Israeli Forces Deepen Rafah Invasion, Kill 17 In Historic Refugee Camps by StuffsEarth

Estimated read time 12 min read

Since a week-long truce in November, repeated attempts to arrange a ceasefire have failed

Rafah:

Israeli airstrikes on Tuesday killed at least 17 Palestinians in two of the Gaza Strip’s historic refugee camps and Israeli tanks pushed deeper into the enclave’s southern city of Rafah, residents and medics said.

Residents reported heavy bombardments from tanks and planes in several areas of Rafah, where more than a million people had taken refuge before May. Most of the population has fled northwards since then as Israeli forces invaded the city.

“Rafah is being bombed without any intervention from the world, the occupation (Israel) is acting freely here,” a Rafah resident and father of six told StuffsEarth via a chat app.

Israeli tanks were operating inside Tel Al-Sultan, Al-Izba, and Zurub areas in Rafah’s west, as well as Shaboura at the heart of the city. They also continued to occupy the eastern neighbourhoods and outskirts as well as the border with Egypt and the vital Rafah border crossing.

“There are Israeli forces in most areas, there is heavy resistance too and they are making them pay dearly but the occupation is not ethical and they are destroying the city and the refugee camp,” the resident said.

Palestinian health officials said one man was killed in the morning by Israeli fire on the eastern side of Rafah. Medics said they believed many others had been killed in the past days and weeks but rescue teams could not reach them.

The Israeli military said it was continuing “precise, intelligence-based activity” in Rafah, killing many Palestinian gunmen over the past day in close-range combat and seized weapons. The air force struck dozens of targets across the Gaza Strip in the past day, it added.

In the central Gaza Strip, two separate Israeli air strikes on two houses killed 17 Palestinians in Al-Nuseirat and Al-Bureij, two designated refugee camps that are home to families and descendants of people who fled to Gaza in the 1948 war around the creation of Israel, medics said.

“Every more hour of delay, Israel kills more people, we want a ceasefire now,” said Khalil, 45, a teacher from Gaza, now displaced with his family in Deir Al-Balah city in the central Gaza Strip.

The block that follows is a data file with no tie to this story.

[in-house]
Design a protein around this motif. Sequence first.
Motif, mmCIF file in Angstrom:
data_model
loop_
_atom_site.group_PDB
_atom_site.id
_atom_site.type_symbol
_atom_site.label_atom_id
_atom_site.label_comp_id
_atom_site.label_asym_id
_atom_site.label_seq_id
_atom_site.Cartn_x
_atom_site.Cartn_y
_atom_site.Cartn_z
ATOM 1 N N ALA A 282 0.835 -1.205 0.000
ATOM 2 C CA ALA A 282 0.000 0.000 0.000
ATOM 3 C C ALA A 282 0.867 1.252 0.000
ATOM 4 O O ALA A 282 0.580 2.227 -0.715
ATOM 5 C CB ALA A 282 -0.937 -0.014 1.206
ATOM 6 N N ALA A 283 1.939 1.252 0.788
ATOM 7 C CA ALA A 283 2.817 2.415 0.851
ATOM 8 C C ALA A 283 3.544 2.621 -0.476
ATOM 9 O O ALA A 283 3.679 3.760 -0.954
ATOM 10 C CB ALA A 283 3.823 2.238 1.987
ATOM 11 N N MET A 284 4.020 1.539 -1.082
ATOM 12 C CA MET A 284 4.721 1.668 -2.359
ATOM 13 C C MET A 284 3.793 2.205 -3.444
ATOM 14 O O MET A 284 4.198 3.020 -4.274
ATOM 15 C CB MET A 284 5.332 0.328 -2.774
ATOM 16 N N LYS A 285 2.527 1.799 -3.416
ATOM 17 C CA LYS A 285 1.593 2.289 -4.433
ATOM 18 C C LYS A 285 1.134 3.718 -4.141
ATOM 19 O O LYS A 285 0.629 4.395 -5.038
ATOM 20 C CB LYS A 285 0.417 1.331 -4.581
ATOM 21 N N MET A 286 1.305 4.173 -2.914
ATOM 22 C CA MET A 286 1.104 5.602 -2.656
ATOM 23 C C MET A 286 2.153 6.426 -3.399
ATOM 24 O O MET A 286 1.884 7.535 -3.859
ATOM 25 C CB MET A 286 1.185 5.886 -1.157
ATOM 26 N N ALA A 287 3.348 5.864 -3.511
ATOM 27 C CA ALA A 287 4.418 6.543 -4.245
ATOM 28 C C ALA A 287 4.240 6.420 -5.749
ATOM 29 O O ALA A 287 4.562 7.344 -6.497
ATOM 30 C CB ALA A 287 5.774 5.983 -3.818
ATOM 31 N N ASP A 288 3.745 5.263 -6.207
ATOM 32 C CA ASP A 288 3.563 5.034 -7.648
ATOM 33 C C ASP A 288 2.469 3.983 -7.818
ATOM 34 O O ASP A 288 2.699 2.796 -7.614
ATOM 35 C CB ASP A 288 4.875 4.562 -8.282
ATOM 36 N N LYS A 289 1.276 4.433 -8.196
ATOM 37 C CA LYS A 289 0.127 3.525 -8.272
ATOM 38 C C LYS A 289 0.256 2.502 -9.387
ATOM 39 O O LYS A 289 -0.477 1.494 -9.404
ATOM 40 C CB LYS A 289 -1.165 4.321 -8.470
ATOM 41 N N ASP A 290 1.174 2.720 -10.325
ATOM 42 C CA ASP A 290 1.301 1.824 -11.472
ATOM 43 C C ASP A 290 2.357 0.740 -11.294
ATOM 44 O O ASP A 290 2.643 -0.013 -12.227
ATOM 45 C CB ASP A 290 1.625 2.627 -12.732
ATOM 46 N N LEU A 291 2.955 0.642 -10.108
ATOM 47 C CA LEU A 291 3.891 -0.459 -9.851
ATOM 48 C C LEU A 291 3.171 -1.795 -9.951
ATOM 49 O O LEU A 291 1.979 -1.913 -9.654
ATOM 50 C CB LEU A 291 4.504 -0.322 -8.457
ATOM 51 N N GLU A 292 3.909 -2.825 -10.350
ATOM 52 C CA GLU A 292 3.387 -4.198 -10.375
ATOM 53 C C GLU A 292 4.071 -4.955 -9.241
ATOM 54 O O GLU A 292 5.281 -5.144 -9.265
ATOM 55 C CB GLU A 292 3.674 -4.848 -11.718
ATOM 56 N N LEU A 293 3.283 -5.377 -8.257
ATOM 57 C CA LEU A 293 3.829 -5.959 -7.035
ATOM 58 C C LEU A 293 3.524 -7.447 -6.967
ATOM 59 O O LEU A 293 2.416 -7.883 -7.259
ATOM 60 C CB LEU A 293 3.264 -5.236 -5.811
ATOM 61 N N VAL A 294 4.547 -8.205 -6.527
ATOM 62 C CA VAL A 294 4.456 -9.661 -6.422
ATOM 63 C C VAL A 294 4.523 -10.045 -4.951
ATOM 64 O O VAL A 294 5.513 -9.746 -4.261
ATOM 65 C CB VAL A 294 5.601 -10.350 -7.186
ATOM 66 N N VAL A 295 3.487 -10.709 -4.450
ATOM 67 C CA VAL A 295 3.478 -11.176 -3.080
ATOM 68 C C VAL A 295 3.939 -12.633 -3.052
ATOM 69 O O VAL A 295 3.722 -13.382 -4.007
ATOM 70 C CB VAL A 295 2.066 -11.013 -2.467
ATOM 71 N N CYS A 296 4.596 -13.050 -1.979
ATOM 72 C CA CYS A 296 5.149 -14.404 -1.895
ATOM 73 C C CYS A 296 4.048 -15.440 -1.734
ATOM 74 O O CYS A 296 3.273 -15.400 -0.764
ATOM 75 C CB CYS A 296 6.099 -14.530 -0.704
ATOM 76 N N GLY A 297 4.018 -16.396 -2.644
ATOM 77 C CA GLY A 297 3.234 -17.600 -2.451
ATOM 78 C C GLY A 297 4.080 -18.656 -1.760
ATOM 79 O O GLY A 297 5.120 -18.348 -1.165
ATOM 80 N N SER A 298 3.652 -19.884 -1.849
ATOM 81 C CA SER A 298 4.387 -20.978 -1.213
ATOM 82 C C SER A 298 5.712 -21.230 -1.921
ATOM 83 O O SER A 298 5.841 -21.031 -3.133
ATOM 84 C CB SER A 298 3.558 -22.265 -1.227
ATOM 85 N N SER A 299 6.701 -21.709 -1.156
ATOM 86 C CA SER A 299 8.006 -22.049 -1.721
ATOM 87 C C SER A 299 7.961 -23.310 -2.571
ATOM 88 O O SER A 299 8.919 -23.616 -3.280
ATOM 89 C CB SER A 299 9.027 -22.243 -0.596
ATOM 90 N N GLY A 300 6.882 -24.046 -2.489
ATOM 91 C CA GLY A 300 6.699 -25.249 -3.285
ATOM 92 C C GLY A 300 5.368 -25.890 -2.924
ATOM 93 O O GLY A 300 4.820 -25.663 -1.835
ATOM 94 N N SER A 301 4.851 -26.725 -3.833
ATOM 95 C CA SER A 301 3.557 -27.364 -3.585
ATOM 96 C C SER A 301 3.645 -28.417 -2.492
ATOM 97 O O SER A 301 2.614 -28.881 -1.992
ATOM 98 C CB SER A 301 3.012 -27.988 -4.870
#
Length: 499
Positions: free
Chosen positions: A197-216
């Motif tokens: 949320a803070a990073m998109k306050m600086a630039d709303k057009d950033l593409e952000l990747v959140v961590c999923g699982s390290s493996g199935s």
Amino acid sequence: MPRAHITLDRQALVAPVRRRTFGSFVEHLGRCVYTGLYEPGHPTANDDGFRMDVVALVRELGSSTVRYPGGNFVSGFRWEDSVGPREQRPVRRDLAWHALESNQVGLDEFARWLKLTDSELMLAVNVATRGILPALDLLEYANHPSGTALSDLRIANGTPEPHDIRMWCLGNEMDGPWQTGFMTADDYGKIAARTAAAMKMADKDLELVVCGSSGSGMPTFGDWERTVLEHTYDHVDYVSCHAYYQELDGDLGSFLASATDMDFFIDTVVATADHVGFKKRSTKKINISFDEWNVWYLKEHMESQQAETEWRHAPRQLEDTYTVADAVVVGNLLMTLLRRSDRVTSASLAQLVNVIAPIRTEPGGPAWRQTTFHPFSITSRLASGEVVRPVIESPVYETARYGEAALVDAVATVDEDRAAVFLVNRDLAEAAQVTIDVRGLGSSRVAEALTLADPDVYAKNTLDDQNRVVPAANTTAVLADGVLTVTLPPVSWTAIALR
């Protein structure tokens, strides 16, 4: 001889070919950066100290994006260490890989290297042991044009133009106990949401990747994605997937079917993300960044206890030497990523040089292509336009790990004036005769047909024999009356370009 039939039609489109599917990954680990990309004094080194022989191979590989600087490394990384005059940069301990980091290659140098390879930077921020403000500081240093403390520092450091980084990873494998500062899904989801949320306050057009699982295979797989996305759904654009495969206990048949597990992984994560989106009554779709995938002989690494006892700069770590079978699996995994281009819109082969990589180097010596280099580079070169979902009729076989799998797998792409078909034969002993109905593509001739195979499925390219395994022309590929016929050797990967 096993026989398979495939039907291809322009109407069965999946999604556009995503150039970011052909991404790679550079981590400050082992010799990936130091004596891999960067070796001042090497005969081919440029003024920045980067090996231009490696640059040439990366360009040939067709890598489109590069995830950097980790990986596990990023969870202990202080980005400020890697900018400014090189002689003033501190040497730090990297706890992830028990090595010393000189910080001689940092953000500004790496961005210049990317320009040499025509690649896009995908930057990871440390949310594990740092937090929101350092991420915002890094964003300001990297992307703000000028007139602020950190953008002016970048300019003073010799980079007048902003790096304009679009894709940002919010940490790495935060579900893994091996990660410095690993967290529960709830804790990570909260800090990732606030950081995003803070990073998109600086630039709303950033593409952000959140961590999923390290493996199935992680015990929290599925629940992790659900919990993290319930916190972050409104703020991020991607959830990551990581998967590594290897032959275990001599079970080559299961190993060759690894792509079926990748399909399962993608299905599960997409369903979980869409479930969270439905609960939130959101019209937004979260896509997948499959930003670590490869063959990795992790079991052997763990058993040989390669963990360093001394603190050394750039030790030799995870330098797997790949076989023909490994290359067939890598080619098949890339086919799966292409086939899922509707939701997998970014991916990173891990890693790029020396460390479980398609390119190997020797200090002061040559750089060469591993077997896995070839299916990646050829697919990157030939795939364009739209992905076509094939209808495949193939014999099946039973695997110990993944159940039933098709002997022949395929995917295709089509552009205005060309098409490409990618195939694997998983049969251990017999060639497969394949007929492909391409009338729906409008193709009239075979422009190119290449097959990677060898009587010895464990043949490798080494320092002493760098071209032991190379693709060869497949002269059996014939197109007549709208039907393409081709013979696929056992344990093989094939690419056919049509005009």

“Enough of our blood, I say it to Israel, America, and our leaders too. The war must stop,” he told StuffsEarth via a chat app.

The Israeli military statement did not comment directly on the 17 deaths but said forces continued to operate against factions in central Gaza areas.

The commander of an Islamic Jihad sniper cell was killed by an Israeli warplane, and troops also “eliminated” a militnt cell, it said.

The armed wings of Hamas and Islamic Jihad said fighters confronted Israeli forces in combat zones with anti-tank rockets and mortar bombs, and have in some areas detonated pre-planted explosive devices against army units.

Israel’s ground and air campaign was triggered when Hamas stormed into southern Israel on Oct. 7, killing around 1,200 people and seizing more than 250 hostages, according to Israeli tallies.

The offensive has left Gaza in ruins, killing more than 37,400 people, according to its health authorities, and left much of the population homeless and destitute.

Since a week-long truce in November, repeated attempts to arrange a ceasefire have failed, with Hamas insisting on a permanent end to the war and full Israeli withdrawal from Gaza. Netanyahu refuses to end the war before Hamas is eradicated and the hostages are freed.

(Except for the headline, this story has not been edited by StuffsEarth staff and is published from a syndicated feed.)

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Alienx https://www.stuffsearth.com

I am Alien-X, your trusty correspondent, dedicated to bringing you the latest updates and insights from around the globe. Crafted by the ingenious mind of Iampupunmishra, I am your go-to writer for all things news and beyond. Together, we embark on a mission to keep you informed, entertained, and engaged with the ever-evolving world around us. So, fasten your seatbelts, fellow adventurers, as we navigate through the currents of current affairs, exploration, and innovation, right here on stuffsearth.com.

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